How Angioplasty Treats Blocked Arteries

Angioplasty procedure
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Angioplasty—also called "percutaneous transluminal coronary angioplasty," or PTCA—is a catheterization procedure aimed at relieving blockages within arteries, most commonly in the coronary arteries.

Angioplasty works by inflating a tiny balloon within the artery at the site of an atherosclerotic plaque, flattening the plaque and reducing the stenosis (blockage) within the artery. In almost every case angioplasty is accompanied by insertion of a stent.

How Angioplasty Is Done

To perform an angioplasty, the doctor uses a catheter (a long, thin, flexible tube) that has a deflated balloon attached to it. The catheter is passed across the plaque that is producing the blockage, and the balloon is inflated under pressure. The expansion of the balloon compresses the plaque against the wall of the artery. When the balloon is deflated and removed, the plaque remains at least partly compressed, so the blockage is reduced.

While angioplasty was originally performed as a stand-alone procedure, today a stent is also inserted whenever angioplasty is performed on a coronary artery. A stent is an expandable “scaffold” that helps support the wall of the artery at the site of angioplasty, in order to keep the plaque compressed. The collapsed stent is placed over the balloon before it is inserted. Then, when the balloon is inflated, the plaque is compressed and the stent is expanded at the same time. When the balloon is then deflated and removed, the stent is left in place, helping to keep the plaque compressed and the artery open.

When It's Helpful

Angioplasty is quite effective in reducing the symptoms of stable angina. So the main reason for doing angioplasty in a coronary artery is to treat angina that remains persistent despite attempts at medical therapy. While it may seem surprising to many, angioplasty (even when a stent is inserted) has not been shown to be more effective than medical therapy in reducing the subsequent risk of myocardial infarction (heart attack), or to improve survival. So the main reason for performing angioplasty is to relieve stable angina that has persisted despite attempts to treat it medically.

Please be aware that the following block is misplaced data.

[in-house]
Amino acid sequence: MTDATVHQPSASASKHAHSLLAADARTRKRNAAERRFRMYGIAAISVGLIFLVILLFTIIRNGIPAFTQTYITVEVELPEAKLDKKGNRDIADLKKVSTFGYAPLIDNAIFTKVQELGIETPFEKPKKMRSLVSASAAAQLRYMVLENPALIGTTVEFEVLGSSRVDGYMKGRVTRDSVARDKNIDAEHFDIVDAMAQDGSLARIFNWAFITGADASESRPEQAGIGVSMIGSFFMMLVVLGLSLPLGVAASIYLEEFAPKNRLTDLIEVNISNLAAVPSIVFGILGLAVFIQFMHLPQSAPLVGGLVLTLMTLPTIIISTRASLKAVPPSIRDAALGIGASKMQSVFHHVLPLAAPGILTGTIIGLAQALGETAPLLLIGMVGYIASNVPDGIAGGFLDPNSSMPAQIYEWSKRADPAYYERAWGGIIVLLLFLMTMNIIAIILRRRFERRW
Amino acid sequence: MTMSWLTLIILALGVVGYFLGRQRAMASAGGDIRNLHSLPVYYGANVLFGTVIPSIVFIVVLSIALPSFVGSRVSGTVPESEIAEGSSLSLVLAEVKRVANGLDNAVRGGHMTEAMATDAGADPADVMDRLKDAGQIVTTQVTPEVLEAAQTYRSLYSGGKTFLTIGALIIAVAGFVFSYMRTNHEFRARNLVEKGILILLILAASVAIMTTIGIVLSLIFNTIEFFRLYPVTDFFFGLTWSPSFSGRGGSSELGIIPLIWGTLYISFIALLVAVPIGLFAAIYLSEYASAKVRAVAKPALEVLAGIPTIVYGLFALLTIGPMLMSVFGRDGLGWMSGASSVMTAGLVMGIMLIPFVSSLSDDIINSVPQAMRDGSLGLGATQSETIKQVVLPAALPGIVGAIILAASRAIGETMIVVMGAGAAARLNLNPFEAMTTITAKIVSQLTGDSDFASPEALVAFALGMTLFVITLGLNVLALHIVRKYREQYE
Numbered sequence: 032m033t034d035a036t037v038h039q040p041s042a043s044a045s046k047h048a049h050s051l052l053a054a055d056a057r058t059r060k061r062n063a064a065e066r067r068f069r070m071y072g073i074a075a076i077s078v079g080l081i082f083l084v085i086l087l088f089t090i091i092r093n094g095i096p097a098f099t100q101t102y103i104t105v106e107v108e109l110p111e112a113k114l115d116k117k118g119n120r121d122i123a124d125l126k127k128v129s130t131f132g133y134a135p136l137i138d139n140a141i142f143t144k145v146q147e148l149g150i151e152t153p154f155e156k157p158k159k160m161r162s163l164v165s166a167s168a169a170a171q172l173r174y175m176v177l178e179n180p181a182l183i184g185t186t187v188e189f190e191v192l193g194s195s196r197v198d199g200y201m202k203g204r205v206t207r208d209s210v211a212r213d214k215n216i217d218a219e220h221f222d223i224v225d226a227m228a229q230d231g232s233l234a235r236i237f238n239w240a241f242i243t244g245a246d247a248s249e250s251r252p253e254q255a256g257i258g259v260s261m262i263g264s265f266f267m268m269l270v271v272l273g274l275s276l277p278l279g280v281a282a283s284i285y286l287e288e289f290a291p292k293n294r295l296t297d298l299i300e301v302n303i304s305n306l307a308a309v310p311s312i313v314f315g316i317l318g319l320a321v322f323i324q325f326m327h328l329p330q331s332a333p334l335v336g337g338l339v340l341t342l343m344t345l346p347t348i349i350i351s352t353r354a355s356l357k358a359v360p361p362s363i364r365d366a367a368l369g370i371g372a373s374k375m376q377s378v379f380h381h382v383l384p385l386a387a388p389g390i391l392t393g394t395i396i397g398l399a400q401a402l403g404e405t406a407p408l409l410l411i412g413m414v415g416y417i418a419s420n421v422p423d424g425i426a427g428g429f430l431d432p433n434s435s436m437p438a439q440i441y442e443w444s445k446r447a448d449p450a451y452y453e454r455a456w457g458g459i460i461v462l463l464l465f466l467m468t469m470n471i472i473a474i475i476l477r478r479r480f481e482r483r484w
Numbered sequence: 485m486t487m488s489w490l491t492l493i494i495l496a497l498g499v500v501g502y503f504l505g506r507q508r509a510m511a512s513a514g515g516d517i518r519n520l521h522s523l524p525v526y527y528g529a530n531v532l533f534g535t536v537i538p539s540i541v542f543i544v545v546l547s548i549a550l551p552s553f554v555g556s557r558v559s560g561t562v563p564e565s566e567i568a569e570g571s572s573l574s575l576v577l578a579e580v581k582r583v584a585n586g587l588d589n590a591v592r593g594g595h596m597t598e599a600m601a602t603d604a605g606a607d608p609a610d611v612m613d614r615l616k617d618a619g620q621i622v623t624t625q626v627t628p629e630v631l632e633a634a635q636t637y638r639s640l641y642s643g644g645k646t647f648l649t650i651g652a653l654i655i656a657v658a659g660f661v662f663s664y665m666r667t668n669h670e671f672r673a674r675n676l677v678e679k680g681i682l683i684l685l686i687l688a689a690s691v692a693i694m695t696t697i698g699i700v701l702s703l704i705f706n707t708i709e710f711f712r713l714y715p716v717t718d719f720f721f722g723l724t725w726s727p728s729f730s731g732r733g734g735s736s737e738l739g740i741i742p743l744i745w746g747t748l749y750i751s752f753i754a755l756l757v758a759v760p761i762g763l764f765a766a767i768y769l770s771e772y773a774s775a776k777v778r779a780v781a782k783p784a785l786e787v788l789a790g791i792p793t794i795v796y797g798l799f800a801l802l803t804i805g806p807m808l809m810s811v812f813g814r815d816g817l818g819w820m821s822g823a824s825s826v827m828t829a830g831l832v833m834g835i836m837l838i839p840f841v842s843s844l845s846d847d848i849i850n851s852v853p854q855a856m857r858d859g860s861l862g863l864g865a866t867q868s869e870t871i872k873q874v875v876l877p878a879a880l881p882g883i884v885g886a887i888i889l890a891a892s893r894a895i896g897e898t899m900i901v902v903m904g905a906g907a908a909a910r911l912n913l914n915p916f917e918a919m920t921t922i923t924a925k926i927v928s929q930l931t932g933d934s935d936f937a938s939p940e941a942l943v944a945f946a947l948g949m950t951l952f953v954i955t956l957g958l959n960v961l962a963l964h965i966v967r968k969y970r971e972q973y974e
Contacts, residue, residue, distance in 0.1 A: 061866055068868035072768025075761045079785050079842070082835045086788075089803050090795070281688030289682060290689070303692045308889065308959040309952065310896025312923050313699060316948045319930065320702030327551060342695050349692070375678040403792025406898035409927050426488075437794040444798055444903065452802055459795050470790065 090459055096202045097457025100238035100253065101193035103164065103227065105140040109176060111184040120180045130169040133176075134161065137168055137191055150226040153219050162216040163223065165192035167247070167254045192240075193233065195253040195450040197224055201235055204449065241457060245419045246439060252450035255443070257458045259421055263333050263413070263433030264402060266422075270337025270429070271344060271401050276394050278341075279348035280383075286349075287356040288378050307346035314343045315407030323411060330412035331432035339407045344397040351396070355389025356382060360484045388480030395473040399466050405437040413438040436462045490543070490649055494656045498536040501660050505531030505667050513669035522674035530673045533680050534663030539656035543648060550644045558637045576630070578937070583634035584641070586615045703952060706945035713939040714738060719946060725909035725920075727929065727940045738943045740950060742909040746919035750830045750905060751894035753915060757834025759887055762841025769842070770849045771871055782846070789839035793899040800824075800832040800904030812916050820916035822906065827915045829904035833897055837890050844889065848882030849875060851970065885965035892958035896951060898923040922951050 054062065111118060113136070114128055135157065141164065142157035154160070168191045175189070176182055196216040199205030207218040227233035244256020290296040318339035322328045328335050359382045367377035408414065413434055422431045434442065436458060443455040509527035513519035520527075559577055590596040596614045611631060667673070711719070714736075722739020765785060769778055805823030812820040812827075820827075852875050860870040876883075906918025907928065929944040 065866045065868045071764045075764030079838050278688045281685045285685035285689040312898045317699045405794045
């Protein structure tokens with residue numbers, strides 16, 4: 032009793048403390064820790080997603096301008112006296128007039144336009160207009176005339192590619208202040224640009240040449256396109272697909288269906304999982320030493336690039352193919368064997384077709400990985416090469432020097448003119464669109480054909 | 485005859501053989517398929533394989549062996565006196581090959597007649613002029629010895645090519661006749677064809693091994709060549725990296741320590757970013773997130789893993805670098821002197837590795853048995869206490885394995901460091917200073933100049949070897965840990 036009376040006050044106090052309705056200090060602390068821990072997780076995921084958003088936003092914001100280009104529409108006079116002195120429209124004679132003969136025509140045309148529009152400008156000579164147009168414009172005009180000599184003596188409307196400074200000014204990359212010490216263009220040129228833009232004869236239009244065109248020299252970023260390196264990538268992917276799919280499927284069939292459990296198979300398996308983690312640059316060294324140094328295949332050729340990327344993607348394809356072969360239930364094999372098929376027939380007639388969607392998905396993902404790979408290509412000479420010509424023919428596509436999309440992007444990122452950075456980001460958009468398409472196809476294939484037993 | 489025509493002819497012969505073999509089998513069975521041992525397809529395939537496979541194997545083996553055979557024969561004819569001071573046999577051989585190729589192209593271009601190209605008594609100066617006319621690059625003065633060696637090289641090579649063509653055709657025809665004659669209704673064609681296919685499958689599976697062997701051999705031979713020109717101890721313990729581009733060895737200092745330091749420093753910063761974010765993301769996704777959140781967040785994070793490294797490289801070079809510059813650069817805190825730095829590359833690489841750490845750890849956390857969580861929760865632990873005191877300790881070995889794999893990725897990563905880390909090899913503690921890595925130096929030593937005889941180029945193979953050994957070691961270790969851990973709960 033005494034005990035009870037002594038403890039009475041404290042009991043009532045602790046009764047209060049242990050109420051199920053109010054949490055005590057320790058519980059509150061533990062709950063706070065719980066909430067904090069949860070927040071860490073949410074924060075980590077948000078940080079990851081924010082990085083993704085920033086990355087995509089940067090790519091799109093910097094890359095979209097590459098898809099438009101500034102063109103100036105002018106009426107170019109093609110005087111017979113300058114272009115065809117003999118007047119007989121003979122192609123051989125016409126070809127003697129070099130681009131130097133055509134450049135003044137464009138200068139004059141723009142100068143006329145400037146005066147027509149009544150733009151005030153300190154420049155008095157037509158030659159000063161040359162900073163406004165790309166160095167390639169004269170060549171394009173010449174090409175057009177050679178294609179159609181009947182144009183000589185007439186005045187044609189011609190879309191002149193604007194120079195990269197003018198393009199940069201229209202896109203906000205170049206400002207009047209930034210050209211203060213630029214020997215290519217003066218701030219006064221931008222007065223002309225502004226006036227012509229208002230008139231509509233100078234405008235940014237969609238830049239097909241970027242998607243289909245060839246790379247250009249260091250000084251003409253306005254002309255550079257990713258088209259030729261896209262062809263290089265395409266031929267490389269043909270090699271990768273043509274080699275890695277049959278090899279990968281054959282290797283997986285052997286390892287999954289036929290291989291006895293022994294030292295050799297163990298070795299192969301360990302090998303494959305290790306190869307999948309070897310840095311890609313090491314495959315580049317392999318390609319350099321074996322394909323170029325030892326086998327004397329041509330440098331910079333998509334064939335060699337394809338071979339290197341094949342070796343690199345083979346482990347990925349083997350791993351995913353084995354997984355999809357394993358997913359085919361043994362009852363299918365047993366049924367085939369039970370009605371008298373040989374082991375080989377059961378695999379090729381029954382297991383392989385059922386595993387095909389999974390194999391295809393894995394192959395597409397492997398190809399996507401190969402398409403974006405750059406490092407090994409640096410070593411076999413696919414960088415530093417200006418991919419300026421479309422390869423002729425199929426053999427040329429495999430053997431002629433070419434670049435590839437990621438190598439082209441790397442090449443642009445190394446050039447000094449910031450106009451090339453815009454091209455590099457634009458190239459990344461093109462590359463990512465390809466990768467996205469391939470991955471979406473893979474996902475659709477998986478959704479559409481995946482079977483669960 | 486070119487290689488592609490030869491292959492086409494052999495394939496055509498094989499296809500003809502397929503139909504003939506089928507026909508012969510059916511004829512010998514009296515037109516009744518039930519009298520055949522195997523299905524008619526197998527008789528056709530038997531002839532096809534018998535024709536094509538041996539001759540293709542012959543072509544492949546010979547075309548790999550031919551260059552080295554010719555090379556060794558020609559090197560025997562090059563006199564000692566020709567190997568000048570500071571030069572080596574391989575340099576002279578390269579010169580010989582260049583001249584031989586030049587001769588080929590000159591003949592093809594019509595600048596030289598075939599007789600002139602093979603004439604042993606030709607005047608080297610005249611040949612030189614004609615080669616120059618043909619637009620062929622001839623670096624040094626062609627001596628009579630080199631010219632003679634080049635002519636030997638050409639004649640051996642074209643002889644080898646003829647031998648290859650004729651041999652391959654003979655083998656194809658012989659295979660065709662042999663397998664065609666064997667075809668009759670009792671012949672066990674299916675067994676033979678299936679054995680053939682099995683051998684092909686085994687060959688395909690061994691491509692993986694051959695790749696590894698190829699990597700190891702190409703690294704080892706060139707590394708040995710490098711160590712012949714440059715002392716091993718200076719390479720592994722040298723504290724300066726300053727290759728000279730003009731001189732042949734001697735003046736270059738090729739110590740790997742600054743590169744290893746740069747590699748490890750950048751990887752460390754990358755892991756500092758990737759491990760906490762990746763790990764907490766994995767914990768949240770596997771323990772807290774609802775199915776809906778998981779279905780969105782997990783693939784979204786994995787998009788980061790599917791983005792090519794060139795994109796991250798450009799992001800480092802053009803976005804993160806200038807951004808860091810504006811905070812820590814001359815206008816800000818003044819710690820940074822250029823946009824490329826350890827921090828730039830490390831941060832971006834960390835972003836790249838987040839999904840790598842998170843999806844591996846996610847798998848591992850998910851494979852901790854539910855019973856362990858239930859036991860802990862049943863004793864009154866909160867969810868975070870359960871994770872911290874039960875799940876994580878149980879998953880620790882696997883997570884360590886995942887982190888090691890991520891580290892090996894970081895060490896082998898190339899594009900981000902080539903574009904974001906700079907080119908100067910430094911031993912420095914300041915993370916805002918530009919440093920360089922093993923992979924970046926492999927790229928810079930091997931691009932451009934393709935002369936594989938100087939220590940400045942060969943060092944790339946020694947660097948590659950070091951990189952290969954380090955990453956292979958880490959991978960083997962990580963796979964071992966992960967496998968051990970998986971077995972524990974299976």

The second reason angioplasty (and stenting) is often used in treating coronary artery disease is in people who have acute coronary syndrome (ACS). In ACS, an acute blockage of a coronary artery has occurred because a plaque has ruptured and a clot has formed within the artery. When ACS is occurring, a heart attack is very likely unless the artery is opened. During ACS, the available evidence shows that angioplasty and stenting can help substantially to improve overall cardiac outcomes.

The coronary arteries are not the only arteries in which angioplasty is routinely used to treat obstructive atherosclerotic plaques. Angioplasty is also applied to the carotid arteries (which supply the brain), the renal arteries (which supply the kidneys) and the leg arteries.


The most common complication following angioplasty alone is restenosis— the formation of a new blockage at the site of the compressed plaque. Restenosis is a relatively gradual process caused by the new growth of tissue—probably in response to the trauma produced in and around the vessel wall by the angioplasty itself. The incidence of restenosis has been greatly diminished by the use of stents, especially drug-eluting stents (DES), which are coated with medication that inhibits the growth of tissue, thus reducing restenosis.

Before the era of stents, late restenosis occurred in nearly 30% of patients who had angioplasty alone. The use of bare metal stents reduced this risk to less than 15%, and drug-eluting stents reduced it further to less than 10%.

A less common problem, but a more devastating one, is thrombosis (blood clotting) at the site of angioplasty/stenting. Stent thrombosis is a sudden and often catastrophic event, which typically produces acute and complete obstruction of the affected artery. Thrombosis is most commonly seen soon after the angioplasty procedure (that is, within days to weeks). However, when a stent has been inserted during the angioplasty (which is almost always the case today), a low risk of thrombosis persists for several months to several years after the procedure. The risk of thrombosis is significantly reduced by the use of anti-platelet drugs—which, however, also carry some risk.

Other complications that can occur during angioplasty include damage to the organ being supplied by the blood vessel being treated (including heart attack, kidney damage or stroke), cardiac arrhythmias, or bleeding.

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Article Sources
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